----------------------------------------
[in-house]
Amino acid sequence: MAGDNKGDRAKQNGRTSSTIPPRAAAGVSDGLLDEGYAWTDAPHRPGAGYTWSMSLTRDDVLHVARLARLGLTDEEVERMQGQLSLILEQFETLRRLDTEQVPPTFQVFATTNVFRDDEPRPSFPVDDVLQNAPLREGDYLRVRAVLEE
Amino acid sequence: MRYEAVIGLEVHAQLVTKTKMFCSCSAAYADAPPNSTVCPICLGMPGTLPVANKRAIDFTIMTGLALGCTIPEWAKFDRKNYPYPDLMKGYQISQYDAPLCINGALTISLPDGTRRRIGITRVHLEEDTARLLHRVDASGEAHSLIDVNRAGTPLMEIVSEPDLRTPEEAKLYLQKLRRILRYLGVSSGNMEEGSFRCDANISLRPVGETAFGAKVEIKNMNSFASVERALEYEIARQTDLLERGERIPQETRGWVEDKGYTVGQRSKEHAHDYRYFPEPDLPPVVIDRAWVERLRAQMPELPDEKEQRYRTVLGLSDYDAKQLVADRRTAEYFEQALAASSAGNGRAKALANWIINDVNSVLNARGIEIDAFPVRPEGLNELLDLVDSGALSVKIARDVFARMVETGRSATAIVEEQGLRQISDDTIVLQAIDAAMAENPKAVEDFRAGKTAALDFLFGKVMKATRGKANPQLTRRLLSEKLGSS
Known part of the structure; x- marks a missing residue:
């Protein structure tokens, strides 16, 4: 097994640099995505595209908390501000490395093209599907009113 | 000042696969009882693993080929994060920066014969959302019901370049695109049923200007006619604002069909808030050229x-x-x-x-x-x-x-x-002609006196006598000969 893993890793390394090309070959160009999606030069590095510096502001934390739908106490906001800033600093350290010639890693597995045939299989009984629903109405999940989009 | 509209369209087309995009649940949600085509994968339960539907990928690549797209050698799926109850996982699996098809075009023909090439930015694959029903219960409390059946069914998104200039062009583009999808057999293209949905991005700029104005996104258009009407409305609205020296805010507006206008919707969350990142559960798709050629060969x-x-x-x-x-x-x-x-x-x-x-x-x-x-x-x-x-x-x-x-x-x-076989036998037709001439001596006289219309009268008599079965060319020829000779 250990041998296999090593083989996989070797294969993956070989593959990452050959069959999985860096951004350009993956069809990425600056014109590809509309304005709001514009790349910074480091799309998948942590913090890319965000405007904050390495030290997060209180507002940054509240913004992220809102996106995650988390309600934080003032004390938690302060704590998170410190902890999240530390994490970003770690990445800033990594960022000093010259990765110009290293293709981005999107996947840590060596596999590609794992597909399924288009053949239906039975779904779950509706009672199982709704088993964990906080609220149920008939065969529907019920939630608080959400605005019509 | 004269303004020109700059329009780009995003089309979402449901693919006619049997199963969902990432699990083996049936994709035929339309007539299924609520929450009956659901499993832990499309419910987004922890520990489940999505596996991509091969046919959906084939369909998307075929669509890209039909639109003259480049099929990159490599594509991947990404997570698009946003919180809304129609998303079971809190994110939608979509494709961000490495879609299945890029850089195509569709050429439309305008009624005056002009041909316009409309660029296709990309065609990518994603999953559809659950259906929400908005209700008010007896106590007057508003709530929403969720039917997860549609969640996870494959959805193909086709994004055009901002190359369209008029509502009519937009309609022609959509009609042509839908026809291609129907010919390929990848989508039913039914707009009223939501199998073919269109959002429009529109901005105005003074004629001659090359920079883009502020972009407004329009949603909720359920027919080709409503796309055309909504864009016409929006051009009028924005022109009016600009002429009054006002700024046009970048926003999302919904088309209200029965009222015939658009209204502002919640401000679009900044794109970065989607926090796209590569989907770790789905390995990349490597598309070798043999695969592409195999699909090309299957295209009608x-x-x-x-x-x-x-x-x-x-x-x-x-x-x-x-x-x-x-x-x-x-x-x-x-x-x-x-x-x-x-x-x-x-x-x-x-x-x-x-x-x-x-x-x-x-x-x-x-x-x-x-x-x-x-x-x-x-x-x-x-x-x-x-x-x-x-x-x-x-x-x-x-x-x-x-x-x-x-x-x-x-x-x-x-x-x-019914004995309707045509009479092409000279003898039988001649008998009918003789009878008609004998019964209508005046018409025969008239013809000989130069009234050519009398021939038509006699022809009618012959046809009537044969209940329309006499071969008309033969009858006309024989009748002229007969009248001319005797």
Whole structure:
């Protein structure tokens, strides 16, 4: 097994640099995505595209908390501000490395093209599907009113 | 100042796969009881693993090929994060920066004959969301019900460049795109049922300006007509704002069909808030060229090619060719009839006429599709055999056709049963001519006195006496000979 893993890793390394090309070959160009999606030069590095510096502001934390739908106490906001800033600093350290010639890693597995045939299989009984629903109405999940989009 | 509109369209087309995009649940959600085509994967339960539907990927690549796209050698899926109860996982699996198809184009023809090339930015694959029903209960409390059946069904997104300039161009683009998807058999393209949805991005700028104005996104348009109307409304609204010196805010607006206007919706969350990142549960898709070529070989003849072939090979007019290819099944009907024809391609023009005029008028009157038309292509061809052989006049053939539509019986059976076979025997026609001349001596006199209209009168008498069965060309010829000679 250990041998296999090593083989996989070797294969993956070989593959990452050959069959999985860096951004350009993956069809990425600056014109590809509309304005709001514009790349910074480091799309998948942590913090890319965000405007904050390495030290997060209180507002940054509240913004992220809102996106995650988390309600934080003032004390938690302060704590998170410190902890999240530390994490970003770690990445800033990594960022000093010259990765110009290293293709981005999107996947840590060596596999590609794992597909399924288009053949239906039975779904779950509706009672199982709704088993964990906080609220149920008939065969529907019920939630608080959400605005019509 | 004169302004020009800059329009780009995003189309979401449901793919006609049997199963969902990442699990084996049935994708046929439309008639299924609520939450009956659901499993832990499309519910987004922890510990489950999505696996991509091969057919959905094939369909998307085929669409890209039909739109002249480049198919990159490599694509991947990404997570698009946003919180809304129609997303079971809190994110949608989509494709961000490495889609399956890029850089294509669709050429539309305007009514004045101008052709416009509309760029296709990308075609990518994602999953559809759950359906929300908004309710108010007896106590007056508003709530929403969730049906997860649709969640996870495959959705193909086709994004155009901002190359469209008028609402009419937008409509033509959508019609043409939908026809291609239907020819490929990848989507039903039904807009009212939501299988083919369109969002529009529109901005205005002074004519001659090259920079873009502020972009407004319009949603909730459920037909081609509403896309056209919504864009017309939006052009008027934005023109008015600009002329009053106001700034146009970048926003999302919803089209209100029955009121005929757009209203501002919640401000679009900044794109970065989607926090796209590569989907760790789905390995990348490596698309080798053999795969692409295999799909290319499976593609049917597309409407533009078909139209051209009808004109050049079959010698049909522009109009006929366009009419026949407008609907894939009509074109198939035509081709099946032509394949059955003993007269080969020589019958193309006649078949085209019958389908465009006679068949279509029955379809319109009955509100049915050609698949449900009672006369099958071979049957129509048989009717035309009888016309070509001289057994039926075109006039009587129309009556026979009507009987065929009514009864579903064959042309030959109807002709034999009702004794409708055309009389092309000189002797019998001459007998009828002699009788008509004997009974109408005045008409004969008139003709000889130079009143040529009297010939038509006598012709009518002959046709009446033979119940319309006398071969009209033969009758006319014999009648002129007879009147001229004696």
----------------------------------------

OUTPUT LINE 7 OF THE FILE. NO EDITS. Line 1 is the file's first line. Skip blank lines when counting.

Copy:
């Protein structure tokens, strides 16, 4: 097994640099995505595209908390501000490395093209599907009113 | 100042796969009881693993090929994060920066004959969301019900460049795109049922300006007509704002069909808030060229090619060719009839006429599709055999056709049963001519006195006496000979 893993890793390394090309070959160009999606030069590095510096502001934390739908106490906001800033600093350290010639890693597995045939299989009984629903109405999940989009 | 509109369209087309995009649940959600085509994967339960539907990927690549796209050698899926109860996982699996198809184009023809090339930015694959029903209960409390059946069904997104300039161009683009998807058999393209949805991005700028104005996104348009109307409304609204010196805010607006206007919706969350990142549960898709070529070989003849072939090979007019290819099944009907024809391609023009005029008028009157038309292509061809052989006049053939539509019986059976076979025997026609001349001596006199209209009168008498069965060309010829000679 250990041998296999090593083989996989070797294969993956070989593959990452050959069959999985860096951004350009993956069809990425600056014109590809509309304005709001514009790349910074480091799309998948942590913090890319965000405007904050390495030290997060209180507002940054509240913004992220809102996106995650988390309600934080003032004390938690302060704590998170410190902890999240530390994490970003770690990445800033990594960022000093010259990765110009290293293709981005999107996947840590060596596999590609794992597909399924288009053949239906039975779904779950509706009672199982709704088993964990906080609220149920008939065969529907019920939630608080959400605005019509 | 004169302004020009800059329009780009995003189309979401449901793919006609049997199963969902990442699990084996049935994708046929439309008639299924609520939450009956659901499993832990499309519910987004922890510990489950999505696996991509091969057919959905094939369909998307085929669409890209039909739109002249480049198919990159490599694509991947990404997570698009946003919180809304129609997303079971809190994110949608989509494709961000490495889609399956890029850089294509669709050429539309305007009514004045101008052709416009509309760029296709990308075609990518994602999953559809759950359906929300908004309710108010007896106590007056508003709530929403969730049906997860649709969640996870495959959705193909086709994004155009901002190359469209008028609402009419937008409509033509959508019609043409939908026809291609239907020819490929990848989507039903039904807009009212939501299988083919369109969002529009529109901005205005002074004519001659090259920079873009502020972009407004319009949603909730459920037909081609509403896309056209919504864009017309939006052009008027934005023109008015600009002329009053106001700034146009970048926003999302919803089209209100029955009121005929757009209203501002919640401000679009900044794109970065989607926090796209590569989907760790789905390995990348490596698309080798053999795969692409295999799909290319499976593609049917597309409407533009078909139209051209009808004109050049079959010698049909522009109009006929366009009419026949407008609907894939009509074109198939035509081709099946032509394949059955003993007269080969020589019958193309006649078949085209019958389908465009006679068949279509029955379809319109009955509100049915050609698949449900009672006369099958071979049957129509048989009717035309009888016309070509001289057994039926075109006039009587129309009556026979009507009987065929009514009864579903064959042309030959109807002709034999009702004794409708055309009389092309000189002797019998001459007998009828002699009788008509004997009974109408005045008409004969008139003709000889130079009143040529009297010939038509006598012709009518002959046709009446033979119940319309006398071969009209033969009758006319014999009648002129007879009147001229004696």